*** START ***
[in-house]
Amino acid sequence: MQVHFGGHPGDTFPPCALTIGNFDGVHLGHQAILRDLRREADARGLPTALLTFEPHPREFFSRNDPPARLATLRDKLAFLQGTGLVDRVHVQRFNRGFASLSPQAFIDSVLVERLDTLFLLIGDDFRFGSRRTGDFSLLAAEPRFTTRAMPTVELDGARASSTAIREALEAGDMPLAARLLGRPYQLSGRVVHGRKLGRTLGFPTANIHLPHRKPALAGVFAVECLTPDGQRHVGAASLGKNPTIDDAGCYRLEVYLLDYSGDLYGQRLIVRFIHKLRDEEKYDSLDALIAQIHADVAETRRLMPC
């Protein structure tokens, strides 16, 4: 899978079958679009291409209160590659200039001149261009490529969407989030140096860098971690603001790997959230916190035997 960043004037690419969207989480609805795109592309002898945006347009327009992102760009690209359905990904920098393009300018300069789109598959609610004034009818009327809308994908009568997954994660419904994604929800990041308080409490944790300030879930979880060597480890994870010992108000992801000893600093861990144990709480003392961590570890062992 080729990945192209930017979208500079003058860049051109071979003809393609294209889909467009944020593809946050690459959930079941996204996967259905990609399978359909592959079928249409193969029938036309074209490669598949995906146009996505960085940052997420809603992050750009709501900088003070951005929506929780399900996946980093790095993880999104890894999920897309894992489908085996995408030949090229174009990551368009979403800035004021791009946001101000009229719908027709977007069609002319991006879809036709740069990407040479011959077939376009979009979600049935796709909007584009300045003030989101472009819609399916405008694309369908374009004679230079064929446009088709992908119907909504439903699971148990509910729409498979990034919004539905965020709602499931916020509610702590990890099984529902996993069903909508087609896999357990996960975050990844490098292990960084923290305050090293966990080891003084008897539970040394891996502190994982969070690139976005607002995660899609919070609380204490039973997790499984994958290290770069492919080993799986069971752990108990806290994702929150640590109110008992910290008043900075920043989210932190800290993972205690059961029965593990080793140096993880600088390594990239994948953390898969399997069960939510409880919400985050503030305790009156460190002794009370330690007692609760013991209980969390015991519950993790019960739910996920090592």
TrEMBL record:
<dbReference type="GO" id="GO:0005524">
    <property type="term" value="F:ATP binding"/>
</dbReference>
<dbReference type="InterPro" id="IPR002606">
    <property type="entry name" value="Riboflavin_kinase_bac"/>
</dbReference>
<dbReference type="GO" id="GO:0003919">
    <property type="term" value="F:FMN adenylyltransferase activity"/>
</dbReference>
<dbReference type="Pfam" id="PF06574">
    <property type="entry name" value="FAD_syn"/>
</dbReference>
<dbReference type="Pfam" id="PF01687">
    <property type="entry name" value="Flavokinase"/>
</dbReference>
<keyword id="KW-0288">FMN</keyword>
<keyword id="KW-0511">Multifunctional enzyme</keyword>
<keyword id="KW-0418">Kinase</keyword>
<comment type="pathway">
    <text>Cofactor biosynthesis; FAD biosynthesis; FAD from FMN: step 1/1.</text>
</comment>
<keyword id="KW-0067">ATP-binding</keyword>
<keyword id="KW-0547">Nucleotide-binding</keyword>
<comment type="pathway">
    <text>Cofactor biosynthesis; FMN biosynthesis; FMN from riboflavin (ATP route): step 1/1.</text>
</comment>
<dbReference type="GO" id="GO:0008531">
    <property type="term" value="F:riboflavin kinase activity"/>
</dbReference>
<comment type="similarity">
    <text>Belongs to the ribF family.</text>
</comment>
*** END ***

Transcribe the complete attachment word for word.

[in-house]
Amino acid sequence: MQVHFGGHPGDTFPPCALTIGNFDGVHLGHQAILRDLRREADARGLPTALLTFEPHPREFFSRNDPPARLATLRDKLAFLQGTGLVDRVHVQRFNRGFASLSPQAFIDSVLVERLDTLFLLIGDDFRFGSRRTGDFSLLAAEPRFTTRAMPTVELDGARASSTAIREALEAGDMPLAARLLGRPYQLSGRVVHGRKLGRTLGFPTANIHLPHRKPALAGVFAVECLTPDGQRHVGAASLGKNPTIDDAGCYRLEVYLLDYSGDLYGQRLIVRFIHKLRDEEKYDSLDALIAQIHADVAETRRLMPC
């Protein structure tokens, strides 16, 4: 899978079958679009291409209160590659200039001149261009490529969407989030140096860098971690603001790997959230916190035997 960043004037690419969207989480609805795109592309002898945006347009327009992102760009690209359905990904920098393009300018300069789109598959609610004034009818009327809308994908009568997954994660419904994604929800990041308080409490944790300030879930979880060597480890994870010992108000992801000893600093861990144990709480003392961590570890062992 080729990945192209930017979208500079003058860049051109071979003809393609294209889909467009944020593809946050690459959930079941996204996967259905990609399978359909592959079928249409193969029938036309074209490669598949995906146009996505960085940052997420809603992050750009709501900088003070951005929506929780399900996946980093790095993880999104890894999920897309894992489908085996995408030949090229174009990551368009979403800035004021791009946001101000009229719908027709977007069609002319991006879809036709740069990407040479011959077939376009979009979600049935796709909007584009300045003030989101472009819609399916405008694309369908374009004679230079064929446009088709992908119907909504439903699971148990509910729409498979990034919004539905965020709602499931916020509610702590990890099984529902996993069903909508087609896999357990996960975050990844490098292990960084923290305050090293966990080891003084008897539970040394891996502190994982969070690139976005607002995660899609919070609380204490039973997790499984994958290290770069492919080993799986069971752990108990806290994702929150640590109110008992910290008043900075920043989210932190800290993972205690059961029965593990080793140096993880600088390594990239994948953390898969399997069960939510409880919400985050503030305790009156460190002794009370330690007692609760013991209980969390015991519950993790019960739910996920090592």
TrEMBL record:
<dbReference type="GO" id="GO:0005524">
    <property type="term" value="F:ATP binding"/>
</dbReference>
<dbReference type="InterPro" id="IPR002606">
    <property type="entry name" value="Riboflavin_kinase_bac"/>
</dbReference>
<dbReference type="GO" id="GO:0003919">
    <property type="term" value="F:FMN adenylyltransferase activity"/>
</dbReference>
<dbReference type="Pfam" id="PF06574">
    <property type="entry name" value="FAD_syn"/>
</dbReference>
<dbReference type="Pfam" id="PF01687">
    <property type="entry name" value="Flavokinase"/>
</dbReference>
<keyword id="KW-0288">FMN</keyword>
<keyword id="KW-0511">Multifunctional enzyme</keyword>
<keyword id="KW-0418">Kinase</keyword>
<comment type="pathway">
    <text>Cofactor biosynthesis; FAD biosynthesis; FAD from FMN: step 1/1.</text>
</comment>
<keyword id="KW-0067">ATP-binding</keyword>
<keyword id="KW-0547">Nucleotide-binding</keyword>
<comment type="pathway">
    <text>Cofactor biosynthesis; FMN biosynthesis; FMN from riboflavin (ATP route): step 1/1.</text>
</comment>
<dbReference type="GO" id="GO:0008531">
    <property type="term" value="F:riboflavin kinase activity"/>
</dbReference>
<comment type="similarity">
    <text>Belongs to the ribF family.</text>
</comment>